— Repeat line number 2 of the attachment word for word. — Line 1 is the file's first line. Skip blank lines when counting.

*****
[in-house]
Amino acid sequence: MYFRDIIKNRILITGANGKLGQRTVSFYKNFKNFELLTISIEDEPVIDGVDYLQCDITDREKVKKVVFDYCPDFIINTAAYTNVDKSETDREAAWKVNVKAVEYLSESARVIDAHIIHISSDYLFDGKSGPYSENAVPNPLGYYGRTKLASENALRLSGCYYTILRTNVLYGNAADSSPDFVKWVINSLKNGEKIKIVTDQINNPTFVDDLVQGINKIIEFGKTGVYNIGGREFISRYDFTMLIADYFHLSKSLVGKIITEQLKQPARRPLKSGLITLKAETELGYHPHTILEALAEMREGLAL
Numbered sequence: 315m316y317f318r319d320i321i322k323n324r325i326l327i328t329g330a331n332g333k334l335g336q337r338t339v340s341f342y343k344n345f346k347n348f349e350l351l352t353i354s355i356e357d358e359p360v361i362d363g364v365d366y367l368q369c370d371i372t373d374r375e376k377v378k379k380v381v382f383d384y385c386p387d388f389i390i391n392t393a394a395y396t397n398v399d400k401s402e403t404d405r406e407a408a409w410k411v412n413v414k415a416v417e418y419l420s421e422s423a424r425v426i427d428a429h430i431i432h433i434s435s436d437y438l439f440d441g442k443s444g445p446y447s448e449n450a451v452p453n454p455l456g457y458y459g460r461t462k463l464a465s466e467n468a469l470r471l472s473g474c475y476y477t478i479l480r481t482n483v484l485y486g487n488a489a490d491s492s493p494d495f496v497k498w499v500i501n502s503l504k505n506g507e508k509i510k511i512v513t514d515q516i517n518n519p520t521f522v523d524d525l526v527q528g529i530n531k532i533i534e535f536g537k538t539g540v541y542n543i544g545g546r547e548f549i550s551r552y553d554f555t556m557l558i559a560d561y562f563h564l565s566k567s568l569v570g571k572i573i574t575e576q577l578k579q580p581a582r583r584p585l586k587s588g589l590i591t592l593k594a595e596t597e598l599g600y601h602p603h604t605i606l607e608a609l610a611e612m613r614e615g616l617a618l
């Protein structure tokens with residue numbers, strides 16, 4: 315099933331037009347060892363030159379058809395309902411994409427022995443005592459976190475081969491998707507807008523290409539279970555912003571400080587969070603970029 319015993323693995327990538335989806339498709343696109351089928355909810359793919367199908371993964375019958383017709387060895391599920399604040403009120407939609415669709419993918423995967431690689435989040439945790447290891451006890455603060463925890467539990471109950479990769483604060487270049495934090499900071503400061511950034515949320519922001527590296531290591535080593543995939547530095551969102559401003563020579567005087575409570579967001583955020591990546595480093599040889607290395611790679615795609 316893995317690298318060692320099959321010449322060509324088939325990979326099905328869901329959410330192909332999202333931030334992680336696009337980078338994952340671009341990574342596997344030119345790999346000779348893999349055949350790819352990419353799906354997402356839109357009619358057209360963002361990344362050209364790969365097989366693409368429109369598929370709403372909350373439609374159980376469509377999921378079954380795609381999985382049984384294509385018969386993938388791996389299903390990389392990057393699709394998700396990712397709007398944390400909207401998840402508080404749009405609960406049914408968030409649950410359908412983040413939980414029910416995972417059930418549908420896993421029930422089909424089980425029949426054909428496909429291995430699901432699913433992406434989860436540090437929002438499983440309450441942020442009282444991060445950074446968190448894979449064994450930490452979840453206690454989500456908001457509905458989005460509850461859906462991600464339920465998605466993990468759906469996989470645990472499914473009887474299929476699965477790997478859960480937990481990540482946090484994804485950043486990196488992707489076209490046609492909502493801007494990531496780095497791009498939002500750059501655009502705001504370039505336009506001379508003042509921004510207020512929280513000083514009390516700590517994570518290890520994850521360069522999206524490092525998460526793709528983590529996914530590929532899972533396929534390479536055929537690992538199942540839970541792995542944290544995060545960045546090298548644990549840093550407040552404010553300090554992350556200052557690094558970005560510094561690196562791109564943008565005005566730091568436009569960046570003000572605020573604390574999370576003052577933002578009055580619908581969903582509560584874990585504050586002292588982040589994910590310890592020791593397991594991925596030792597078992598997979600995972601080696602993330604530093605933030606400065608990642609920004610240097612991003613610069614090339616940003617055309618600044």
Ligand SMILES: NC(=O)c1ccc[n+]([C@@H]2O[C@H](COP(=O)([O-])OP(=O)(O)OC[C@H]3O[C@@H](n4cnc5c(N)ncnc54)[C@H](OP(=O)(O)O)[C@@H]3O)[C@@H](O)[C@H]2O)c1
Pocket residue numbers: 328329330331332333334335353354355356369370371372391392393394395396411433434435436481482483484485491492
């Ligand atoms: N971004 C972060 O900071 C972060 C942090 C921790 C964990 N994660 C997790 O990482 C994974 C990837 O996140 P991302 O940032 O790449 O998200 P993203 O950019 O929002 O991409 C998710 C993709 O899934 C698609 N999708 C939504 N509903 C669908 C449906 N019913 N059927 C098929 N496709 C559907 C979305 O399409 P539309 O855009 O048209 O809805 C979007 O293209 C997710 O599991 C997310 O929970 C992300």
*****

Amino acid sequence: MYFRDIIKNRILITGANGKLGQRTVSFYKNFKNFELLTISIEDEPVIDGVDYLQCDITDREKVKKVVFDYCPDFIINTAAYTNVDKSETDREAAWKVNVKAVEYLSESARVIDAHIIHISSDYLFDGKSGPYSENAVPNPLGYYGRTKLASENALRLSGCYYTILRTNVLYGNAADSSPDFVKWVINSLKNGEKIKIVTDQINNPTFVDDLVQGINKIIEFGKTGVYNIGGREFISRYDFTMLIADYFHLSKSLVGKIITEQLKQPARRPLKSGLITLKAETELGYHPHTILEALAEMREGLAL